By way of background, CPLR 5501(a)(1) provides that “[a]n appeal from a final judgment brings up for review ... any non-final judgment or order which necessarily affects the final judgment.”  For purposes of CPLR 5501(a)(1), “a final order is one that disposes of all causes of action between the parties in an action or proceeding and leaves nothing for further judicial action apart from mere ministerial matters” (Town of Coeymans v. Malphrus, 252 A.D.2d 874, 875 [3d Dept. 1998]).  Further, an order has been said to “necessarily affect” a final judgment if its reversal would overturn the judgment (Siegel, NY Prac § 530, at 940 [5th ed]).  Applying this test, the Appellate Division found in Strauss, that the order dismissing the counterclaims and third-party claim did not “necessarily affect” the judgment because, if the order were reversed, it would not require a reversal or modification of the final judgment.  Rather, it would mean only that the counterclaims and third-party claim would be reinstated and appellant would be permitted to pursue those claims.
But the Court of Appeals disagreed, holding that the Appellate Division erred in ruling that the order dismissing the counterclaims and third-party claim did not necessarily affect the final judgment, explaining that, “this Court has not applied a definition of ‘necessarily affects’ as narrow as that employed by the Appellate Division in this case.  To satisfy ‘necessarily affects’ in this context, it is not required, as the Appellate Division held, for the reinstatement of the ... counterclaim upon a reversal or modification to overturn completely the judgment.”  Instead, the Court of Appeals held that because the order dismissing the counterclaims and third-party claim “necessarily removed that legal issue from the case (i.e., there was no further opportunity during the litigation to raise the question decided by the prior non-final order), that order necessarily affected the final judgment.”
On its face, this holding may leave some scratching their heads wondering why does it matter that the order dismissing the counterclaims and third-party claim “necessarily removed that legal issue from the case” in determining whether the order “necessarily affects” the final judgment.  To the contrary, intuitively an order that removes completely a “legal issue from the case” would be a “final” order, which would not be brought up for review by the judgment.  An answer can be found in Burke v. Crosson (85 N.Y.2d 10 [1995]).  There, the Court of Appeals held that “an order or judgment that disposes of some but not all of the substantive and monetary disputes between the same parties is, in most cases, nonfinal.  Thus, a nonfinal order or judgment results when a court decides one or more but not all causes of action in the complaint against a particular defendant or where the court disposes of a counterclaim or affirmative defense but leaves other causes of action between the same parties for resolution in further judicial proceedings” (id. at 16).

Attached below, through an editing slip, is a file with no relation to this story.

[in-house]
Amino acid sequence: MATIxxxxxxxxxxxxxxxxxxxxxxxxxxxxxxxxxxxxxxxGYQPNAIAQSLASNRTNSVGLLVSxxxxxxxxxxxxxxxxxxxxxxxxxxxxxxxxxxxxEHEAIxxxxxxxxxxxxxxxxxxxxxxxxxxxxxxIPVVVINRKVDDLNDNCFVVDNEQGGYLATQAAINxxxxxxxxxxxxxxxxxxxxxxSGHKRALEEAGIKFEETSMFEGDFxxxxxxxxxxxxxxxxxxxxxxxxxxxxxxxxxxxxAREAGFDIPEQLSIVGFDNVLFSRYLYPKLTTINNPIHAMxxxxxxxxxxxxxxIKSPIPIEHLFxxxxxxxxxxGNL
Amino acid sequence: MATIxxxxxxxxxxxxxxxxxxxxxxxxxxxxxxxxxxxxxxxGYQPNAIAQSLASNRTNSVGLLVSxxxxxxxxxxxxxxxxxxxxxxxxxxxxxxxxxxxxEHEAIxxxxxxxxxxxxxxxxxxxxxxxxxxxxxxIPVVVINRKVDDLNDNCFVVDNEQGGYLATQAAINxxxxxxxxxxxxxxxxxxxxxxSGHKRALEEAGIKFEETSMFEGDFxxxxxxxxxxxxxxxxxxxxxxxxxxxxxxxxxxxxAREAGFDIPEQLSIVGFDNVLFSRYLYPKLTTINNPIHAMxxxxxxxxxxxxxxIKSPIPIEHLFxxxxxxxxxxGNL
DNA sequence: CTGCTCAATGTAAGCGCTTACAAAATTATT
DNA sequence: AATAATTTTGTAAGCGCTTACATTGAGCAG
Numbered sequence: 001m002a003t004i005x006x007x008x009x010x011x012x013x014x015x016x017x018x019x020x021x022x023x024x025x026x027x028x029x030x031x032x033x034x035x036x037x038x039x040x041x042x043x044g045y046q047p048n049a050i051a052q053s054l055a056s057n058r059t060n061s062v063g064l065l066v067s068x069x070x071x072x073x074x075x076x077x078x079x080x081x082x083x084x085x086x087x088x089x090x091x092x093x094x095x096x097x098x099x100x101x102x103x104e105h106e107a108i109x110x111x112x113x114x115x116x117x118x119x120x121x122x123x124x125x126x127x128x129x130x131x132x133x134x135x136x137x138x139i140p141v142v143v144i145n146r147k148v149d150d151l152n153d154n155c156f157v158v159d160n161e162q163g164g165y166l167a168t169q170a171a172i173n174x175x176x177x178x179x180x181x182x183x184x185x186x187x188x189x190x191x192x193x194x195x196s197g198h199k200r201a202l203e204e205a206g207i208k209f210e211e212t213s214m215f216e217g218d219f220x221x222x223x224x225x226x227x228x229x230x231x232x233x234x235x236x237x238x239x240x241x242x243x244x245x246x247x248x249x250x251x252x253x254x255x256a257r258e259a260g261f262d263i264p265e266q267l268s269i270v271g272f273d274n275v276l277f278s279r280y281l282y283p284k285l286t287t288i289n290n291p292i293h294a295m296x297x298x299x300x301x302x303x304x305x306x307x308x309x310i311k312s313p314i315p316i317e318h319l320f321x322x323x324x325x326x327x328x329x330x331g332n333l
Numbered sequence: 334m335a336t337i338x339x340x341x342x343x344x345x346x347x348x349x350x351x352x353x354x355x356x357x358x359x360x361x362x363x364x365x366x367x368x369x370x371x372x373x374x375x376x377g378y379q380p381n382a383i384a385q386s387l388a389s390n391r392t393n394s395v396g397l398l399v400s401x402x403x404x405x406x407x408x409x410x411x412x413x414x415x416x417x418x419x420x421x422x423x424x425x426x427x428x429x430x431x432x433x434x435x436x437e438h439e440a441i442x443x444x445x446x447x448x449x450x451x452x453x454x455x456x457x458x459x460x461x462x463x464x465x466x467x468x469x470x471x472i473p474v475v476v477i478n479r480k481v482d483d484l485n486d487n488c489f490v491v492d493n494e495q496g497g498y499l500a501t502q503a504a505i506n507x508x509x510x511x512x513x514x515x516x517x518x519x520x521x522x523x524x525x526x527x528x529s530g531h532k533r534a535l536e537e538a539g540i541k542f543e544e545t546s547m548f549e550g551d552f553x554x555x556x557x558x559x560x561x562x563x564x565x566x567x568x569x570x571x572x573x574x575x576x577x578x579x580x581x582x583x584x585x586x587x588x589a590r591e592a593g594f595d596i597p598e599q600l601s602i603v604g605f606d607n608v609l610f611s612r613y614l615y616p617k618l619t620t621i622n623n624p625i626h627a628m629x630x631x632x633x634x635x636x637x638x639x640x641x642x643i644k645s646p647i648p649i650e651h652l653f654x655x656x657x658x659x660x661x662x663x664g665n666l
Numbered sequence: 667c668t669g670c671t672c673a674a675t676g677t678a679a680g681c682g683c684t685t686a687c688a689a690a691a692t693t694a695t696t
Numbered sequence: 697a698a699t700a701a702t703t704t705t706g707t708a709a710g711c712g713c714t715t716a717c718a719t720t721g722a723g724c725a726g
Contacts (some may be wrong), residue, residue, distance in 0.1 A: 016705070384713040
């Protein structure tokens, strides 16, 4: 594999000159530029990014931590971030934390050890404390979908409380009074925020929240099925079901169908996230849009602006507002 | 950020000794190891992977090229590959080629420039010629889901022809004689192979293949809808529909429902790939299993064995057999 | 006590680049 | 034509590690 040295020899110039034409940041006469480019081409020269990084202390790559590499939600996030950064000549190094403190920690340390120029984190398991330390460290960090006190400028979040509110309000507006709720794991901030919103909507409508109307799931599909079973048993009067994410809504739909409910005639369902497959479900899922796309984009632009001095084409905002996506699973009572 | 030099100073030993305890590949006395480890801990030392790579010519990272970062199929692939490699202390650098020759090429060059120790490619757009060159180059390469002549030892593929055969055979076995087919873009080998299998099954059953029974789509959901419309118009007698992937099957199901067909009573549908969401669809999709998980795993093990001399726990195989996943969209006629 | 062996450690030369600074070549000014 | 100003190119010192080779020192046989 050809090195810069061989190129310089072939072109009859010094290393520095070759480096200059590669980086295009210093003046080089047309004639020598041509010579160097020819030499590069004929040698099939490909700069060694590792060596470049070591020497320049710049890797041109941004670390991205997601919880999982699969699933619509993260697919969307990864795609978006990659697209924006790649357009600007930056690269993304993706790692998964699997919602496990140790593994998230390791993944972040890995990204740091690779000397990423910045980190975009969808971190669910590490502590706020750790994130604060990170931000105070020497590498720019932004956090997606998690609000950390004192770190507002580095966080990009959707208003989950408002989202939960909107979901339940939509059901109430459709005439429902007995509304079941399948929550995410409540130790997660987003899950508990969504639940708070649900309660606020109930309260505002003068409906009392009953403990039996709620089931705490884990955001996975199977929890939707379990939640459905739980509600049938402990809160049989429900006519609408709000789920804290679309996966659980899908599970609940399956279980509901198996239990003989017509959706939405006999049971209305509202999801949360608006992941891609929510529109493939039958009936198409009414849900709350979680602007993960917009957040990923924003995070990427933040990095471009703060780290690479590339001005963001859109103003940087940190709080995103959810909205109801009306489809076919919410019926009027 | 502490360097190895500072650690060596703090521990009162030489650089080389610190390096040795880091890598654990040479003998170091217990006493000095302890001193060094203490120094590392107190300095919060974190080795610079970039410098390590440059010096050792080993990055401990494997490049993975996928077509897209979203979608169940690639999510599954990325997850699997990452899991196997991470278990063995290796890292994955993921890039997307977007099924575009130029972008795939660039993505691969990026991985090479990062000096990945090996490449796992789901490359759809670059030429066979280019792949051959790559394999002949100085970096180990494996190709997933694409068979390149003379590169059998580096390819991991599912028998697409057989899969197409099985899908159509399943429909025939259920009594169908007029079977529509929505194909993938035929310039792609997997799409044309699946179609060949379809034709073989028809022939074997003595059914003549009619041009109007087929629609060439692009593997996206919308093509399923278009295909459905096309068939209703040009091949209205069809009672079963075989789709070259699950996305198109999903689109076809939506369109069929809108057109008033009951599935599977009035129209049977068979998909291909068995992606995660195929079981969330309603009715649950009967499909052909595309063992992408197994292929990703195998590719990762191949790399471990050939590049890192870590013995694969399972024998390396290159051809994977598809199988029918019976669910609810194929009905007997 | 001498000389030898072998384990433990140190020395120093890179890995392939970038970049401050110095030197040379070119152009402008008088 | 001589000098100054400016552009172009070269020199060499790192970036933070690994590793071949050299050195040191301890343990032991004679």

Tuesday, October 16, 2012

Court of Appeals Watch: Dupree v Giugliano

Dupree v. Giugliano - In this action claiming medical malpractice, the plaintiff seeks to recover for a consensual sexual relationship with her family practitioner physician that allegedly led to her divorce, emotional injuries, and loss of marital financial support.  Principally at issue will be whether the sexual relationship constitutes medical malpractice.

The Appellate Division, Second Department, concluded it did in its 3-1 decision.  The majority noted that the physician gave advice concerning plaintiff’s panic attacks, prescribed an antidepressant for depression, recommended plaintiff see a psychiatrist or psychologist, and discussed “mental health issues” at least partially related to problems with her marriage, which was characterized as “talk therapy.”   In the Court's opinion, these actions constituted mental health services subjecting the physician to the standards of a mental health provider.  Under those standards, a sexual relationship with the patient would be a departure from the standard of care.

In dissent, Justice Skelos argued that a physician’s conduct can be medical malpractice only when it is “medical treatment or bears a substantial relationship to the rendition of medical treatment.” According to Judge Skelos, here, the physician's actions did not constitute medical treatment.  In particular he pointed to the plaintiff’s admission that the relationship was “not ‘part of the treatment’” and reasoned that the consensual relationship would be intentional conduct extraneous to treatment and should not be considered medical malpractice.

Oral argument will be this Wednesday, October 17, 2012. The Court streams oral arguments live online.  To watch them live, you can visit the New York Court of Appeals website on Wednesday after 2:30 p.m. and click on the “Oral Arguments Webcast” link on the right-hand side of the screen.

Monday, October 1, 2012

Appellate Division News

As reported in today's Law Journal, Governor Cuomo has named Justice Randall Eng as the new Presiding Justice of the Appellate Division, Second Department. The governor also announced the appointments of Justices Judith Gische, Darcel Clark, and Paul Feinman for the First Department; Justice Sylvia Hinds-Radix for the Second Department; and Justices Joseph Valentino and Gerald Whalen for the Fourth Department.